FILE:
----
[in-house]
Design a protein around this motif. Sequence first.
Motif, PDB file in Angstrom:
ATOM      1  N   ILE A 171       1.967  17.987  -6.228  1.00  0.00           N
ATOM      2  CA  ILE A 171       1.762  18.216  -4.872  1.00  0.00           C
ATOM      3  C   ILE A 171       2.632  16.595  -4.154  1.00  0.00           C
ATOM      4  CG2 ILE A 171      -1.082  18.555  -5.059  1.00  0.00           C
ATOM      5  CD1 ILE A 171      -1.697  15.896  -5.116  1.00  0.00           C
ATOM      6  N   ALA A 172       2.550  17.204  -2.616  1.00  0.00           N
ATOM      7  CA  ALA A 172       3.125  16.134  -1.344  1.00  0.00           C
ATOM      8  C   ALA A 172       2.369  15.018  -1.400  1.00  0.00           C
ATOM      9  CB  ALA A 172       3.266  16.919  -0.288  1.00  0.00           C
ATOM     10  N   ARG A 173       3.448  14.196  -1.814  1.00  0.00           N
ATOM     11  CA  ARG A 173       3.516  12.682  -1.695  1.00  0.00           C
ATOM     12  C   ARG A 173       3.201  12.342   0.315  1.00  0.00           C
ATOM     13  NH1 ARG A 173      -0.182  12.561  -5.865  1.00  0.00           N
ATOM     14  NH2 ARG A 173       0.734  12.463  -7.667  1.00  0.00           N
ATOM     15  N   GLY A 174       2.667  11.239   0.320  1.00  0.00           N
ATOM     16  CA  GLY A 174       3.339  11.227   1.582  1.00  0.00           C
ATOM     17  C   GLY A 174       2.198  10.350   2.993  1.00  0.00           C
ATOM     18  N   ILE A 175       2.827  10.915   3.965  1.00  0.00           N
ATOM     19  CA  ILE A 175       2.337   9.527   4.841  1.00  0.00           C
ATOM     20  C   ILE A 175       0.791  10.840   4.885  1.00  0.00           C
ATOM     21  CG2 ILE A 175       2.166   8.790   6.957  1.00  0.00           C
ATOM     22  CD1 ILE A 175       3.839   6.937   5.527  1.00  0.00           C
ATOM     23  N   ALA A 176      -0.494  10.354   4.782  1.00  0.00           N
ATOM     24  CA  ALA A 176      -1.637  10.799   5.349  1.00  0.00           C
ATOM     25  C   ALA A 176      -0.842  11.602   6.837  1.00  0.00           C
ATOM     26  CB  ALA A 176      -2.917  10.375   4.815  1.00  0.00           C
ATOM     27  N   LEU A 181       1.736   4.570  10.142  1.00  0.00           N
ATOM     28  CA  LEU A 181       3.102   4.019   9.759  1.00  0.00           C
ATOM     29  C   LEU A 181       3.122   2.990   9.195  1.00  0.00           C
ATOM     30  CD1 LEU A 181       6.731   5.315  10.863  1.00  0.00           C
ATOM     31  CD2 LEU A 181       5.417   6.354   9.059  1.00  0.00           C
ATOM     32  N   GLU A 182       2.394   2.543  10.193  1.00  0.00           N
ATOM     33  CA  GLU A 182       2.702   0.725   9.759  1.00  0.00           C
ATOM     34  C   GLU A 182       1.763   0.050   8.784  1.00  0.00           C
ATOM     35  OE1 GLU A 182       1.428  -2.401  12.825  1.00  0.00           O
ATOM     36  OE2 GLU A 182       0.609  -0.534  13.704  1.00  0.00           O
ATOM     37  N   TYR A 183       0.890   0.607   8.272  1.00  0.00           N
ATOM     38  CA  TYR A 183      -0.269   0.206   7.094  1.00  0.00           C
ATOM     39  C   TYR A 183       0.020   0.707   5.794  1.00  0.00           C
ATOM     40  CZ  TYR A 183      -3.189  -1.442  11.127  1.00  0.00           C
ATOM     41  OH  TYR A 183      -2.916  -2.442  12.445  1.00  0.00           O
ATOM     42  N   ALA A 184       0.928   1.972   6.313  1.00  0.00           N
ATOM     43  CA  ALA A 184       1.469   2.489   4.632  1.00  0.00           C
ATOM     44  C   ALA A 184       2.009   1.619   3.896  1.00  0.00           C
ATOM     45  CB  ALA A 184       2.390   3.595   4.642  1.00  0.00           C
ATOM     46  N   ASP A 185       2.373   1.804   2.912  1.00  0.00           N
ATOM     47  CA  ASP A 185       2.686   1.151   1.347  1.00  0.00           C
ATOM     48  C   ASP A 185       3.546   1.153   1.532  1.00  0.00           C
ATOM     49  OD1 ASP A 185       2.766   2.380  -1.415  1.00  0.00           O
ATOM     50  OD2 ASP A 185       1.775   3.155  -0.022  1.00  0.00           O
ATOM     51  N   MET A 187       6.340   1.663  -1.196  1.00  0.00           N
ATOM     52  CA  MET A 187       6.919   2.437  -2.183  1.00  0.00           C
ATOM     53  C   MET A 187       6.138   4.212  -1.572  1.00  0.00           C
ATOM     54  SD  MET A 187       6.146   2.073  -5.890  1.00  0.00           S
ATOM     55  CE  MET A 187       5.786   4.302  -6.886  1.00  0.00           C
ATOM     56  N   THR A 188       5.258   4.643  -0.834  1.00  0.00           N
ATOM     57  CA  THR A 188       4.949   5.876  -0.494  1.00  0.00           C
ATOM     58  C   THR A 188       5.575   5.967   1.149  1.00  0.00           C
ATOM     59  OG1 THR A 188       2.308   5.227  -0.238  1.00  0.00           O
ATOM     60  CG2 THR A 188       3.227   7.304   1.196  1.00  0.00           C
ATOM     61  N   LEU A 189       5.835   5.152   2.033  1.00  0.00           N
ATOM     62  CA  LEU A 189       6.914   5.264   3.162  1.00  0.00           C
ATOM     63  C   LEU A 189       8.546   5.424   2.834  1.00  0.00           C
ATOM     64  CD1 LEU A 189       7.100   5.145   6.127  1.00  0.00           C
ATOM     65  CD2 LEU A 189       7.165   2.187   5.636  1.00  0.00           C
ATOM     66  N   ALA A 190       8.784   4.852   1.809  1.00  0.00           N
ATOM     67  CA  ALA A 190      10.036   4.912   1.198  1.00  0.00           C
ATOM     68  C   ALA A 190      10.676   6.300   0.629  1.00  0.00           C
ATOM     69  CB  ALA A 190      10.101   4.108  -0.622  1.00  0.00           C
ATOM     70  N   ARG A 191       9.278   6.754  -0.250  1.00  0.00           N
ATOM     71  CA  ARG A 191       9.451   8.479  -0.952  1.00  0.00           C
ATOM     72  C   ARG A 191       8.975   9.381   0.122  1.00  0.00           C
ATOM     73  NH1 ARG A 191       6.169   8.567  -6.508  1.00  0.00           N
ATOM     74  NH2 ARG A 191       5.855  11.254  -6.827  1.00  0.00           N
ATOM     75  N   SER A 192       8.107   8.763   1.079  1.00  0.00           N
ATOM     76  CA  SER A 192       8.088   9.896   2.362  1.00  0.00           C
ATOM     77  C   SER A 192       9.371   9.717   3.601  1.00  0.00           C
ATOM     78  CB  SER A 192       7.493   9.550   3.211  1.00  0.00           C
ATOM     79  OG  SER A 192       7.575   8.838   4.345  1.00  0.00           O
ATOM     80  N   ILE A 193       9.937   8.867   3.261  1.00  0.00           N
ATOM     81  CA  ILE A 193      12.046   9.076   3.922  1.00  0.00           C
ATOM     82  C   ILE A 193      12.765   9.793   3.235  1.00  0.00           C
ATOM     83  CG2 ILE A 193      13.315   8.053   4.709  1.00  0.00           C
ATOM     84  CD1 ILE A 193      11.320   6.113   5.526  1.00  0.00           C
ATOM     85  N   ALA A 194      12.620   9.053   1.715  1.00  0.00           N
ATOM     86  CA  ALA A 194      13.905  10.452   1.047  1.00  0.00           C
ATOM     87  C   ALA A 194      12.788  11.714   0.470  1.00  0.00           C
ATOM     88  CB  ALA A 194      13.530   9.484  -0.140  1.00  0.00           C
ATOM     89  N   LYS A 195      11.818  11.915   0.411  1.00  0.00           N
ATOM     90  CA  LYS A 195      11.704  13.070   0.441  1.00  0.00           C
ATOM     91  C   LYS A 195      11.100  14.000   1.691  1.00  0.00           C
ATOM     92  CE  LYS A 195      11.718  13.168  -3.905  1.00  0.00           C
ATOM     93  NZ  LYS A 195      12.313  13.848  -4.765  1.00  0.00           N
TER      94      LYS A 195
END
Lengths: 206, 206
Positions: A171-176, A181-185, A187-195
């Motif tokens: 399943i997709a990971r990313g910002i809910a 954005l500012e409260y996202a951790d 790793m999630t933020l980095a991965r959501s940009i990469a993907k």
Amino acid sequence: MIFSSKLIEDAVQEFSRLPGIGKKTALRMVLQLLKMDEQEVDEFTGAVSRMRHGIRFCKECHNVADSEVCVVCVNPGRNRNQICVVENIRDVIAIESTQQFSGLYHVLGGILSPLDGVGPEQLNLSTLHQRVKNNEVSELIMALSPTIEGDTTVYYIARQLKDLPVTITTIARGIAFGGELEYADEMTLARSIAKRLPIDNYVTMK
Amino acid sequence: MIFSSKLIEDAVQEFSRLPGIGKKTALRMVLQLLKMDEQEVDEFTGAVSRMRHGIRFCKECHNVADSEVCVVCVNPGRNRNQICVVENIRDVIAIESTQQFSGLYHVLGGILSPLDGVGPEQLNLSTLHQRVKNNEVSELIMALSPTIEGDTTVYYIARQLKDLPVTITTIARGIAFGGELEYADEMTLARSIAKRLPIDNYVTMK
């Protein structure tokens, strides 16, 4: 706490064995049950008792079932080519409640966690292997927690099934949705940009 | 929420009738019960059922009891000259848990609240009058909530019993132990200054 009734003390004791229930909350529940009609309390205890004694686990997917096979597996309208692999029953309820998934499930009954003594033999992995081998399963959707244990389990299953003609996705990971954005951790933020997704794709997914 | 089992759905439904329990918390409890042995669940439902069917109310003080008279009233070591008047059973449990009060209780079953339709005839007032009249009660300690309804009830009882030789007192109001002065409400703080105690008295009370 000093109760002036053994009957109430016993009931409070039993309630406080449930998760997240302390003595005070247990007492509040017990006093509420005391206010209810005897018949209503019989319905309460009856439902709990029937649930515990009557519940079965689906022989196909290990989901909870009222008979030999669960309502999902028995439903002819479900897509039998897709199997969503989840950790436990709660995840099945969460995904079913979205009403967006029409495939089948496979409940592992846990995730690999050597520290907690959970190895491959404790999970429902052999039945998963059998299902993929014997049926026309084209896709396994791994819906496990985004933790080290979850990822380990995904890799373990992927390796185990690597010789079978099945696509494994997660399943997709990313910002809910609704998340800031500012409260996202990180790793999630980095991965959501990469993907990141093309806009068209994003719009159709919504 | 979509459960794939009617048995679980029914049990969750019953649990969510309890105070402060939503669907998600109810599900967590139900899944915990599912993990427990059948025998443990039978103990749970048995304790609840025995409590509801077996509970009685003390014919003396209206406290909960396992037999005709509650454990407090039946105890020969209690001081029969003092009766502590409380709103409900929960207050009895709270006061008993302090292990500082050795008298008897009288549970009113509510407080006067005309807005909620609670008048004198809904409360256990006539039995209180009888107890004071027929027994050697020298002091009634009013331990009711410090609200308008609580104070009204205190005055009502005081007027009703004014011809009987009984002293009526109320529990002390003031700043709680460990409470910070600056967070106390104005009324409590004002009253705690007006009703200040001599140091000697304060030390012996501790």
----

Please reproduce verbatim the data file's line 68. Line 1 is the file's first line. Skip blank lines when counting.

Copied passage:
ATOM     65  CD2 LEU A 189       7.165   2.187   5.636  1.00  0.00           C